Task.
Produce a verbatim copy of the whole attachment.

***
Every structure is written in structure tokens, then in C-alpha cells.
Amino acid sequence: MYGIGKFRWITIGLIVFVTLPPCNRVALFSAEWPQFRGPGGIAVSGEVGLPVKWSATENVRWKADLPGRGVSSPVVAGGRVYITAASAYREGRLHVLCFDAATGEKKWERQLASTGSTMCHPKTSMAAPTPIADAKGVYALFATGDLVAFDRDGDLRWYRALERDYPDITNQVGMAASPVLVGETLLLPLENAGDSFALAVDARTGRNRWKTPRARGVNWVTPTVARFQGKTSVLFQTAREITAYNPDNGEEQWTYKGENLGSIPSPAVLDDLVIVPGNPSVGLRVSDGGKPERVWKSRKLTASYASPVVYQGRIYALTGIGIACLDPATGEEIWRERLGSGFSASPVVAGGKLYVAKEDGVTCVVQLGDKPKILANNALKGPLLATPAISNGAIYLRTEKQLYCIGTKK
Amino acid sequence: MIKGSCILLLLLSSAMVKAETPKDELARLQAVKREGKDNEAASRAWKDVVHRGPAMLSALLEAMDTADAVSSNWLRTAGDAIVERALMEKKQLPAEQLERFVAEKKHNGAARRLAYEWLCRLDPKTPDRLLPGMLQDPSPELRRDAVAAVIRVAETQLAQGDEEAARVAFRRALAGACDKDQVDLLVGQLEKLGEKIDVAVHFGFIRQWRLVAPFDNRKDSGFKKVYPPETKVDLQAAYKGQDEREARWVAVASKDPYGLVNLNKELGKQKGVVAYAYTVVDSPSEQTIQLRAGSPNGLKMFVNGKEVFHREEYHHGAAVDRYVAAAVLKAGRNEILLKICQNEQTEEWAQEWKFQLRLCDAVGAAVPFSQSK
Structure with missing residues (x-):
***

Every structure is written in structure tokens, then in C-alpha cells.
Amino acid sequence: MYGIGKFRWITIGLIVFVTLPPCNRVALFSAEWPQFRGPGGIAVSGEVGLPVKWSATENVRWKADLPGRGVSSPVVAGGRVYITAASAYREGRLHVLCFDAATGEKKWERQLASTGSTMCHPKTSMAAPTPIADAKGVYALFATGDLVAFDRDGDLRWYRALERDYPDITNQVGMAASPVLVGETLLLPLENAGDSFALAVDARTGRNRWKTPRARGVNWVTPTVARFQGKTSVLFQTAREITAYNPDNGEEQWTYKGENLGSIPSPAVLDDLVIVPGNPSVGLRVSDGGKPERVWKSRKLTASYASPVVYQGRIYALTGIGIACLDPATGEEIWRERLGSGFSASPVVAGGKLYVAKEDGVTCVVQLGDKPKILANNALKGPLLATPAISNGAIYLRTEKQLYCIGTKK
Amino acid sequence: MIKGSCILLLLLSSAMVKAETPKDELARLQAVKREGKDNEAASRAWKDVVHRGPAMLSALLEAMDTADAVSSNWLRTAGDAIVERALMEKKQLPAEQLERFVAEKKHNGAARRLAYEWLCRLDPKTPDRLLPGMLQDPSPELRRDAVAAVIRVAETQLAQGDEEAARVAFRRALAGACDKDQVDLLVGQLEKLGEKIDVAVHFGFIRQWRLVAPFDNRKDSGFKKVYPPETKVDLQAAYKGQDEREARWVAVASKDPYGLVNLNKELGKQKGVVAYAYTVVDSPSEQTIQLRAGSPNGLKMFVNGKEVFHREEYHHGAAVDRYVAAAVLKAGRNEILLKICQNEQTEEWAQEWKFQLRLCDAVGAAVPFSQSK
Structure with missing residues (x-):